Iran's Supreme Leader, Ayatollah Ali Khamenei, on Tuesday ruled out freezing sensitive nuclear work in the country for a lengthy time period, Reuters reported.
Khamenei also reiterated Iran’s demand that sanctions imposed on it be lifted as soon as a final deal with major powers is reached.
"Freezing Iran's Research and Development (R&D) for a long time like 10 or 12 years is not acceptable," he was quoted as having said in a speech broadcast live on local television.
"All financial and economic sanctions imposed by the UN Security Council, the U.S. Congress or the U.S. government should be lifted immediately when we sign a nuclear agreement," Khamenei continued.
Khamenei voiced trust in Iran's negotiating team but, echoing hardline Iranian military commanders, also ruled out international access to Iran's military sites.
"Inspection of our military sites is out of the question and is one of our red lines," he declared, according to Reuters.
Iran and the six powers reached a framework agreement in April but are in disagreement over many remaining issues as they try to reach a final deal by the June 30 deadline.
In fact, two diplomats said last week that the sides are still apart on all main elements of the nuclear deal, describing the draft of a main document as a patchwork of text and dozens of blank spaces because of stubborn disagreement on up to 10 crucial points.
The comments are in line with ones made by a diplomat who had spoken with a Russian news agency and said the talks are “virtually stalled”.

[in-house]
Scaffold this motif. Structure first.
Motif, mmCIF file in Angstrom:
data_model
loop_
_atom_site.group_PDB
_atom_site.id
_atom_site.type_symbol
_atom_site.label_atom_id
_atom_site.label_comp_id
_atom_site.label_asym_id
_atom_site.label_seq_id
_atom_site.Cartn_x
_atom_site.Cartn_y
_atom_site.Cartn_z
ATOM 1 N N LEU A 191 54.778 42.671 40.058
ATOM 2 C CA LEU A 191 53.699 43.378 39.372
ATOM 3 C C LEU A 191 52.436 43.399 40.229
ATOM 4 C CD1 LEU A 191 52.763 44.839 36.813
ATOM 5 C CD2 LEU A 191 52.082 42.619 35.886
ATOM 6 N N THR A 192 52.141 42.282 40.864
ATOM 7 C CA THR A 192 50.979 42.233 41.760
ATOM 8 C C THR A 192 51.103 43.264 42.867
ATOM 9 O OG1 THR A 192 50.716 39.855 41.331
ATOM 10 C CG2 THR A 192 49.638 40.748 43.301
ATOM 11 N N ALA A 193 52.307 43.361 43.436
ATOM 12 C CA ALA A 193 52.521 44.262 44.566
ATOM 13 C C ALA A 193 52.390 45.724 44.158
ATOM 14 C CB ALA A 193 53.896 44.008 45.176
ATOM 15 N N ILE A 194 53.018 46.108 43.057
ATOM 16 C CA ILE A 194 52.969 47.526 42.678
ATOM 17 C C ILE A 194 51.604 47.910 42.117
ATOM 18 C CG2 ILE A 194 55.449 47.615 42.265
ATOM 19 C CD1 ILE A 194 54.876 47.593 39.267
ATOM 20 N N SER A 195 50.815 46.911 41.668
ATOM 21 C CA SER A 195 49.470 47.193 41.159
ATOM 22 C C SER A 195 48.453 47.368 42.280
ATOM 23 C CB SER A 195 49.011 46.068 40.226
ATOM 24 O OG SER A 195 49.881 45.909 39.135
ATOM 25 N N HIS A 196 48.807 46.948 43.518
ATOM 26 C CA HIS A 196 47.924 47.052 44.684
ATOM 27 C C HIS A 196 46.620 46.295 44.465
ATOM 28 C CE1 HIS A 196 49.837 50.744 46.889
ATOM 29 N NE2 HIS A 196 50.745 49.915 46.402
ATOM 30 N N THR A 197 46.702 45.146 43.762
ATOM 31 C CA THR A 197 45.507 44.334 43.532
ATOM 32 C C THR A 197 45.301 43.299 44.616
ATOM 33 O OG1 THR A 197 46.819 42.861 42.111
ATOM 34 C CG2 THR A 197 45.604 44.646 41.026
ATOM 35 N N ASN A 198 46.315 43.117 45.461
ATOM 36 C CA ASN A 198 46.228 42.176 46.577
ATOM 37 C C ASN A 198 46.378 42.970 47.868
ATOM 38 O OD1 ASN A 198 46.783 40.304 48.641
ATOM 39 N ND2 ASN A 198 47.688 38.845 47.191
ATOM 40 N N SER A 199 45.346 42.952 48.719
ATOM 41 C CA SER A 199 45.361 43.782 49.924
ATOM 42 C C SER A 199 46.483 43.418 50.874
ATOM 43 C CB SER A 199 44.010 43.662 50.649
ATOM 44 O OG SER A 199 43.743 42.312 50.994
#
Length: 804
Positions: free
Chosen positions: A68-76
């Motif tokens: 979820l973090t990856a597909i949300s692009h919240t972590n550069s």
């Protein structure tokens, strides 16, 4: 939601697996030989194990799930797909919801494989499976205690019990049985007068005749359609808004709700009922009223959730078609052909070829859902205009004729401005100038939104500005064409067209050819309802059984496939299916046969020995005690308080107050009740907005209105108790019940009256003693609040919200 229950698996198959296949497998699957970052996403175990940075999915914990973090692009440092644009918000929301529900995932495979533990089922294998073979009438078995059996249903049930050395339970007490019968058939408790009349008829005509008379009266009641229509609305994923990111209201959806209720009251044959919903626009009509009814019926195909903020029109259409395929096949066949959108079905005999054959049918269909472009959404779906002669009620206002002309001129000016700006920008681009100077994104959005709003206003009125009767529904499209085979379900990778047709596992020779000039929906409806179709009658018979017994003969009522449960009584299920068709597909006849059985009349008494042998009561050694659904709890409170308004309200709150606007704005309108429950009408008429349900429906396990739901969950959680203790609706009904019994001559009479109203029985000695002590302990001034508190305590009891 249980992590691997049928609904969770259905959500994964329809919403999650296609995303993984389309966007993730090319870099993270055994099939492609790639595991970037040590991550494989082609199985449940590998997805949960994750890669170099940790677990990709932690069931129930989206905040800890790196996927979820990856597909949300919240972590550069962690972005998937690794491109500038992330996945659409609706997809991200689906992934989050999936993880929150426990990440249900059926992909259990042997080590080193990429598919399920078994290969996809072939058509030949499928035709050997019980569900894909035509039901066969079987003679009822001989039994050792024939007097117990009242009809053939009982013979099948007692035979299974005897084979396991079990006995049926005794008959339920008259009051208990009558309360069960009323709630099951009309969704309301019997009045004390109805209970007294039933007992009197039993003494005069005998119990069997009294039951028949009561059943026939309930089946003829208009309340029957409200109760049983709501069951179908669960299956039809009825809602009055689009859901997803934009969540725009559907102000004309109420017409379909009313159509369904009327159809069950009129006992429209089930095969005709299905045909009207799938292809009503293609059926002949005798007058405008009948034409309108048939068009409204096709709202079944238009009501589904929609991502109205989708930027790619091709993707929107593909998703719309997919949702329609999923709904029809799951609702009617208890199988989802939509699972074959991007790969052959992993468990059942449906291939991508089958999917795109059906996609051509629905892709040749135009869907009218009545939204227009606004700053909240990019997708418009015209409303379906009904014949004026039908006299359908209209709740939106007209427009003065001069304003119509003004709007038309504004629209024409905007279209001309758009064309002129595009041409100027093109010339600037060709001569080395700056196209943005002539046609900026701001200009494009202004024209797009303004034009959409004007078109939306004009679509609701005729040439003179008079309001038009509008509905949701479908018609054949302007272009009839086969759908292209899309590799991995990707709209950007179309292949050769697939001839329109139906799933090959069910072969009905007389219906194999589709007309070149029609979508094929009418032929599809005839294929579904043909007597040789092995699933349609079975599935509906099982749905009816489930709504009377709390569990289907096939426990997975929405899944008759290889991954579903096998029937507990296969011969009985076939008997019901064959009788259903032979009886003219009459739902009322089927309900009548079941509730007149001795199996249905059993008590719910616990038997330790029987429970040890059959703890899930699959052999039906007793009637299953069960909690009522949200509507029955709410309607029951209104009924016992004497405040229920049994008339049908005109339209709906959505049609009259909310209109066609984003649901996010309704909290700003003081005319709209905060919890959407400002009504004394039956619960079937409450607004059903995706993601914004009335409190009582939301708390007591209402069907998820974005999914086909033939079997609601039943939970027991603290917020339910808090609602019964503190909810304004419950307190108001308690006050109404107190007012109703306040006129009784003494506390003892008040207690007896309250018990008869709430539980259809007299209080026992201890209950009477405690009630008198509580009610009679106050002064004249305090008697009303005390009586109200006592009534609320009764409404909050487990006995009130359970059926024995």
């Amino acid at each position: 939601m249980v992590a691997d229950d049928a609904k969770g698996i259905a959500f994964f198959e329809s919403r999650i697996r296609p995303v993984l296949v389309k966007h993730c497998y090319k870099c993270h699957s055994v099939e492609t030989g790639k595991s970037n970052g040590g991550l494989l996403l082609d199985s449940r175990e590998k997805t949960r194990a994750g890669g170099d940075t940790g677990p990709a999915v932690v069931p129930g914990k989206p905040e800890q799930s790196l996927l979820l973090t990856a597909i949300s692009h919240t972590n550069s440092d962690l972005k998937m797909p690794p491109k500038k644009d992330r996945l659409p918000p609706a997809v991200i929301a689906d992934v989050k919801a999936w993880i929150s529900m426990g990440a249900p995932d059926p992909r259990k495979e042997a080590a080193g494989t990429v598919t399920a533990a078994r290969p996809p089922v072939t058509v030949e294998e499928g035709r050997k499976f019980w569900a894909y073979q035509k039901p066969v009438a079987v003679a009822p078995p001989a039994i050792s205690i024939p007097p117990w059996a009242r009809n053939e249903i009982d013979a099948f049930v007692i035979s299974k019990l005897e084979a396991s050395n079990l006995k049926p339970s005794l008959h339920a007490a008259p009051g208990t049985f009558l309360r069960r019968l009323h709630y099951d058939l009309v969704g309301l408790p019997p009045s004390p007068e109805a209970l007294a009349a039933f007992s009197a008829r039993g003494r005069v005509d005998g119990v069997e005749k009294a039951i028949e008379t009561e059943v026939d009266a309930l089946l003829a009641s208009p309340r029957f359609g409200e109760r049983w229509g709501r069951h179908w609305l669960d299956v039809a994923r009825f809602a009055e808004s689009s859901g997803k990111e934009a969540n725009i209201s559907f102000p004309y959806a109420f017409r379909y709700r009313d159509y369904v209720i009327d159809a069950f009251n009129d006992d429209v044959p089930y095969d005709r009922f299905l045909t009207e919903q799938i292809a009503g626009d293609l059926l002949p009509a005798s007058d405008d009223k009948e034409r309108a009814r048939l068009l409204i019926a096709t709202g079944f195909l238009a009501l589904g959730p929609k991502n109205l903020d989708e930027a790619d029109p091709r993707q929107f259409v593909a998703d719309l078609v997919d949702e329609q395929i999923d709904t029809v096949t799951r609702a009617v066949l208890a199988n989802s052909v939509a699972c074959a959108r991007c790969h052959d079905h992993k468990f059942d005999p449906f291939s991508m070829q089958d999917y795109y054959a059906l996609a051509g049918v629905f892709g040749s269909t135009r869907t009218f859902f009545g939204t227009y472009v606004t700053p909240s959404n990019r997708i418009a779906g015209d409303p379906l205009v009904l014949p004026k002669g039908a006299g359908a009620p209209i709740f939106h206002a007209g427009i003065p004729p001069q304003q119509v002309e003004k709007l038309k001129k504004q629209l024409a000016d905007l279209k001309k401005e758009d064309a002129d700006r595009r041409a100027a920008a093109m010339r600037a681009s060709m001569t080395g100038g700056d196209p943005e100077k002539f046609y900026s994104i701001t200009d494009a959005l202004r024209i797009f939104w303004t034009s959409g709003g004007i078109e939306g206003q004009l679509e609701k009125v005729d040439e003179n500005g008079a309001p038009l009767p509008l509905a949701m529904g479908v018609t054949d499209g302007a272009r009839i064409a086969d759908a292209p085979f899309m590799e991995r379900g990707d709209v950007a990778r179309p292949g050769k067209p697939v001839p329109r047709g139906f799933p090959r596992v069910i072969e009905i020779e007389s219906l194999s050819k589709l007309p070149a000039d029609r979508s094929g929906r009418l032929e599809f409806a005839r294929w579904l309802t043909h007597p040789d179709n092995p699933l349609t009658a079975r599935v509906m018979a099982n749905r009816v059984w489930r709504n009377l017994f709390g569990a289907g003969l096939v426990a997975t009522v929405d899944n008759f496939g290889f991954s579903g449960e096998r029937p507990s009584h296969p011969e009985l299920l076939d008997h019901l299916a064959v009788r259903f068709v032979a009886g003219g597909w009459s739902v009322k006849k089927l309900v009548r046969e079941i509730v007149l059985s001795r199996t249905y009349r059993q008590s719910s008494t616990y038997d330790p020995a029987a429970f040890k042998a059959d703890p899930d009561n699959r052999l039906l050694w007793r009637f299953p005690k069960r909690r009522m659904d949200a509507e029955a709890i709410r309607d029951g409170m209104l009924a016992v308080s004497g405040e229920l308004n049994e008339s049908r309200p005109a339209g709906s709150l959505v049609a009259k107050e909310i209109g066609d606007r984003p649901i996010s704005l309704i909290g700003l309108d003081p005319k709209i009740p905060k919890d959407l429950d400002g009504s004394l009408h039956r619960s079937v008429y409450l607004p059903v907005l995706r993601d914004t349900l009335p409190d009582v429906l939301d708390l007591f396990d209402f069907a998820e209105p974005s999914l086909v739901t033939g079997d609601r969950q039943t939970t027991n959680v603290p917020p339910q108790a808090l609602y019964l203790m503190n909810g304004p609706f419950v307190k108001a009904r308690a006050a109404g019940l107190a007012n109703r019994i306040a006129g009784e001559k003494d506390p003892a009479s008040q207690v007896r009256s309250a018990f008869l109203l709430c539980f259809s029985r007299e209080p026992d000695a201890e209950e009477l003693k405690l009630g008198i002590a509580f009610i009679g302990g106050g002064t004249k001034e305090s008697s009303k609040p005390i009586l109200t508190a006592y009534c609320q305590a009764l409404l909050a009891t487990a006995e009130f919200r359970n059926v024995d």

Among the unresolved issues are the pace of easing Western sanctions imposed over the Iranian program and the monitoring and verification measures to ensure Iran could not pursue a clandestine nuclear weapons program.
Iran has categorically denied reports that it would allow inspectors into its sites as part of a final deal, describing them as mere rumors and as wrong interpretations of the understanding reached in early April.
Iran’s Deputy Chief of Staff recently reiterated that the Islamic Republic will not allow any inspection of its military sites, calling the demand to do so “excessive”.
In addition, UN inspectors regularly monitor Iran's declared nuclear facilities, but the International Atomic Energy Agency (IAEA) has complained for years that Iran is not complying with its probe into its past nuclear activities.
And, in a move that potentially will complicate chances for the final deal with the six powers, Iran's parliament passed a bill on Tuesday banning access for IAEA inspectors to its military sites and scientists.